Stillbirth Lawsuit

This page has been written, edited, and reviewed by a team of legal writers following our comprehensive editorial guidelines. This page was approved by Founding Partner, Terry Crouppen who has more than 40 years of legal experience as a personal injury attorney. Our last modified date shows when this page was last reviewed.

This page has been written, edited, and reviewed by a team of legal writers following our comprehensive editorial guidelines. This page was approved by Founding Partner, Terry Crouppen who has more than 40 years of legal experience as a personal injury attorney. Our last modified date shows when this page was last reviewed.

Key Takeaways

  • Stillbirth is medically defined as fetal death occurring after 20 weeks of pregnancy either before or during labor and delivery.
  • Forms of medical malpractice that can lead to stillbirth include failure to notice and treat complications during pregnancy, negligence in prenatal care, and mismanagement of labor and delivery.
  • A stillbirth lawsuit can help families hold medical professionals or institutions accountable for negligence, as well as raise awareness about preventable factors contributing to stillbirth.
  • Proving the standard of care in medical malpractice stillbirth cases can be challenging due to the specialized nature of medical procedures, evolving medical standards, the complexity of establishing causation, and the need for expert testimony to interpret medical practices and demonstrate deviations from accepted norms.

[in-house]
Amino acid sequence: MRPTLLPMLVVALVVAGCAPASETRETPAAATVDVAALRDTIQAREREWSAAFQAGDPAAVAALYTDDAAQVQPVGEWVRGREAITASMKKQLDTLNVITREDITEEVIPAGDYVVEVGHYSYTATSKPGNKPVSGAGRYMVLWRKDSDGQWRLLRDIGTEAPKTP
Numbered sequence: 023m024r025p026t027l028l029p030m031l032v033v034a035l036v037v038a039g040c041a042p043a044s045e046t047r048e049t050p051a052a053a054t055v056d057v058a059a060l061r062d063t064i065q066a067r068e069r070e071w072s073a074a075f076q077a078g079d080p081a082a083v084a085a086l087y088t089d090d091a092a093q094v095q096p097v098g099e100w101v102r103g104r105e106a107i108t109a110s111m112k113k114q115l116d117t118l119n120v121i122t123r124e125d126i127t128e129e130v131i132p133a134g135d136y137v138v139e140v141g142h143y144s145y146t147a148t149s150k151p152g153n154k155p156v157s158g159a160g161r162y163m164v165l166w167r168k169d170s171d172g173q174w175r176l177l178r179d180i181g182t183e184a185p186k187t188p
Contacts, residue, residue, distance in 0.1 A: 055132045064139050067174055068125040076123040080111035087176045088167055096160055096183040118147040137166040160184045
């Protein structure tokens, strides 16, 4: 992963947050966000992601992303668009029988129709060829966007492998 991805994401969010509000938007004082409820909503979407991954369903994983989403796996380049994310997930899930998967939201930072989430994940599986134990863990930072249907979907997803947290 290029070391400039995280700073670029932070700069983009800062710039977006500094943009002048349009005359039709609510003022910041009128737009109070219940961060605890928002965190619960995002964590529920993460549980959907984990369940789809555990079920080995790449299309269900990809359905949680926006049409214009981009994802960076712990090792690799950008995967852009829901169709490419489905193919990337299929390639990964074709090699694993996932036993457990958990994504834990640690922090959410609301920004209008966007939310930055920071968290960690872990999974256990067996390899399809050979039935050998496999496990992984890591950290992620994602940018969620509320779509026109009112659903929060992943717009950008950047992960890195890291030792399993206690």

• It is important to hire a lawyer in a stillbirth lawsuit to navigate complex legal procedures, gather and present evidence effectively, and advocate for the rights and interests of the surviving family.

Parents undergo extraordinary emotional anguish when dealing with the tragic loss of a baby in a stillbirth. At Brown & Crouppen, we understand the devastating impact losing a child can have. If you find yourself handling this unimaginably painful situation, our hearts go out to you. We are here to provide compassionate support and expert legal representation to you and your family. 

Let our birth injury lawyers handle your stillbirth lawsuit, advocate for your rights, and secure justice on behalf of your baby. With over 40 years of experience helping families throughout Missouri, our full-service personal injury law firm has what it takes to fight for justice and accountability on your behalf. Call (800) 536-4357 or fill out our online contact form to schedule your free consultation today. 

How Our Birth Injury Lawyers at Brown & Crouppen Help

The emotional and mental stress after a stillbirth can take an enormous toll on you and your loved ones. While you focus on caring for your grieving family, you need a legal team you can count on to deliver the high-quality counsel and representation you deserve.